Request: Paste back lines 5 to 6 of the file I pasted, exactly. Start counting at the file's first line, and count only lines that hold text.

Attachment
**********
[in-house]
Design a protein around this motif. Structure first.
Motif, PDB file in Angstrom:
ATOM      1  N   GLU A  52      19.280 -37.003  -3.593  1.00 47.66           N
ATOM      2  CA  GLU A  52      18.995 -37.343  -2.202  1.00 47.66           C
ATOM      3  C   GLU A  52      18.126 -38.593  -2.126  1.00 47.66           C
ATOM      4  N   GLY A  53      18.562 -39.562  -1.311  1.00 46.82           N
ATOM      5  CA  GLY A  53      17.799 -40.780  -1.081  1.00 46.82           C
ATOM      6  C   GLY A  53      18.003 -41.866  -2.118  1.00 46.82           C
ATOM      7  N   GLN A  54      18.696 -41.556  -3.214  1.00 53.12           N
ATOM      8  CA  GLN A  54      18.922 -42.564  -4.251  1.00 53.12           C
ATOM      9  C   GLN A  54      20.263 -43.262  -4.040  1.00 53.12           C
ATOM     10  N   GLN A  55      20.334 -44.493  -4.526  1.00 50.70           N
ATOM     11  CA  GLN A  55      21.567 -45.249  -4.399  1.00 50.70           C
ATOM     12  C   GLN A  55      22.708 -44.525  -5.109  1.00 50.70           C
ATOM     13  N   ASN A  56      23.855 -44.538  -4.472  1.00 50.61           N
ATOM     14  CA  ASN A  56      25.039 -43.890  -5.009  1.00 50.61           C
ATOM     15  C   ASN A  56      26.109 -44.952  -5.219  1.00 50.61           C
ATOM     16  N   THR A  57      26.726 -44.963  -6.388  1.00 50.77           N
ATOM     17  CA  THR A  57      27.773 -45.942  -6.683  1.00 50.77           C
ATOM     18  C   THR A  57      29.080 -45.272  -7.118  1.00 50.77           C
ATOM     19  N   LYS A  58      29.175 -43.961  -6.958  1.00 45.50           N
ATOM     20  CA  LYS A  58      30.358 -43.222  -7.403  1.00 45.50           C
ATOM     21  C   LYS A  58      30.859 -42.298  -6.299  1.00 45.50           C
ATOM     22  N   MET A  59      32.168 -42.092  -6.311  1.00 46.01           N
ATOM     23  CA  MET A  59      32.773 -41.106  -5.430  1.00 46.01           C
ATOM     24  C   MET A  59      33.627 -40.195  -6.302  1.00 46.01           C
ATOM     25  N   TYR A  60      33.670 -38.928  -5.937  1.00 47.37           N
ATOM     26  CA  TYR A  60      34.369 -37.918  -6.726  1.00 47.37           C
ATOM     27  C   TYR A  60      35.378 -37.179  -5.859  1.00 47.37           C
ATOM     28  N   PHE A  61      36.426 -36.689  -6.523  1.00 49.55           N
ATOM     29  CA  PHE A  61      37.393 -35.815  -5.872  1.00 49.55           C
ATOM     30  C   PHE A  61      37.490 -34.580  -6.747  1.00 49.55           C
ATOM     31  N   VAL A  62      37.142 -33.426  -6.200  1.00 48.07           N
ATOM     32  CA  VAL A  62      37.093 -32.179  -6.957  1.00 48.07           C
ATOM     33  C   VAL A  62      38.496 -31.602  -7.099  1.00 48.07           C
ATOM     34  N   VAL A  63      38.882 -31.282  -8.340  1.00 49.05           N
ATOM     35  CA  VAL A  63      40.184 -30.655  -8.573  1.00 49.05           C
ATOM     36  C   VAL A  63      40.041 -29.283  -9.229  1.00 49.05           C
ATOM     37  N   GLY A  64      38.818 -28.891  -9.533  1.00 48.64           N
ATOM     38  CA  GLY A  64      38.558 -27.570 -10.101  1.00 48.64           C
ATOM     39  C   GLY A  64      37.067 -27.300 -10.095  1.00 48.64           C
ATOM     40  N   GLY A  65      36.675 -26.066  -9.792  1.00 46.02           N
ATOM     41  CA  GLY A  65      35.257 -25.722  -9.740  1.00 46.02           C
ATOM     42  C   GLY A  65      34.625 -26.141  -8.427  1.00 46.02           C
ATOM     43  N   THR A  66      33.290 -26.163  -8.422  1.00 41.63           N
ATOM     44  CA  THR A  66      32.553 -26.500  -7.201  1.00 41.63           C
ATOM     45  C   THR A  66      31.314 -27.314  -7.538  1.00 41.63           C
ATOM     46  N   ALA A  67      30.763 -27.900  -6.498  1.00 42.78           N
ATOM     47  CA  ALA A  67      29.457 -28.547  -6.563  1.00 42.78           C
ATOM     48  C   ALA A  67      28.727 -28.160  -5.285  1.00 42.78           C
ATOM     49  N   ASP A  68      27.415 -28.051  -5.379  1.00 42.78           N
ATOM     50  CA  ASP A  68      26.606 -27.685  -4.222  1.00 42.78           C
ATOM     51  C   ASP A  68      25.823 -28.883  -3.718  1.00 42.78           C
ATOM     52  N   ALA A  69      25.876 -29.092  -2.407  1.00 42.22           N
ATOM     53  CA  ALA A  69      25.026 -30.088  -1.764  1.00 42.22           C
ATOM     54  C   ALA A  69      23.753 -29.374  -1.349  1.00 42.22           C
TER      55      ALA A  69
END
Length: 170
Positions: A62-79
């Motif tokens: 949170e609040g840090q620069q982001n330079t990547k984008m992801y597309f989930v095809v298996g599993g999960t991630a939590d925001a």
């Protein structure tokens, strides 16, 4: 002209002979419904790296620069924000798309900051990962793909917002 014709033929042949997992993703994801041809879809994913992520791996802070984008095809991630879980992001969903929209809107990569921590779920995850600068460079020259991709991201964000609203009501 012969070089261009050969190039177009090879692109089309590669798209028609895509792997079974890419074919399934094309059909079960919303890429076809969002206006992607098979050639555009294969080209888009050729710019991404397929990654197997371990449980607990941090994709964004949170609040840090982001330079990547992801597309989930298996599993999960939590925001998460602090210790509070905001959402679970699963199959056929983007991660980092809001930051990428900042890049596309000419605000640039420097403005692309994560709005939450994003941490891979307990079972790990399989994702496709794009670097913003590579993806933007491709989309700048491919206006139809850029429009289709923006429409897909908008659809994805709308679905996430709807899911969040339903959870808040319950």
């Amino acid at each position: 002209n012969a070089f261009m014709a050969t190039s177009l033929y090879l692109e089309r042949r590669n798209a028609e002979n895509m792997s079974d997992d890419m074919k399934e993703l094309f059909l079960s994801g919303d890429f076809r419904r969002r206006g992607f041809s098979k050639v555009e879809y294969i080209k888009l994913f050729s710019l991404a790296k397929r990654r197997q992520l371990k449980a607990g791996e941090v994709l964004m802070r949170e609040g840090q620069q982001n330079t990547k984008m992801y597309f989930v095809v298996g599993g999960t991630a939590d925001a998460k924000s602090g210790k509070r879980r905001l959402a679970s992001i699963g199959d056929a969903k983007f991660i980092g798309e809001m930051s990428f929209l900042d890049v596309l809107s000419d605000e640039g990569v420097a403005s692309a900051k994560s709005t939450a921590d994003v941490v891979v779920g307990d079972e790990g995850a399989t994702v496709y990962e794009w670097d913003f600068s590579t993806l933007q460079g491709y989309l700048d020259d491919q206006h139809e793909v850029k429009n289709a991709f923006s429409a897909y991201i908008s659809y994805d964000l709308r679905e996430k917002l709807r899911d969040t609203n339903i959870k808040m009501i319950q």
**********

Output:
ATOM      2  CA  GLU A  52      18.995 -37.343  -2.202  1.00 47.66           C
ATOM      3  C   GLU A  52      18.126 -38.593  -2.126  1.00 47.66           C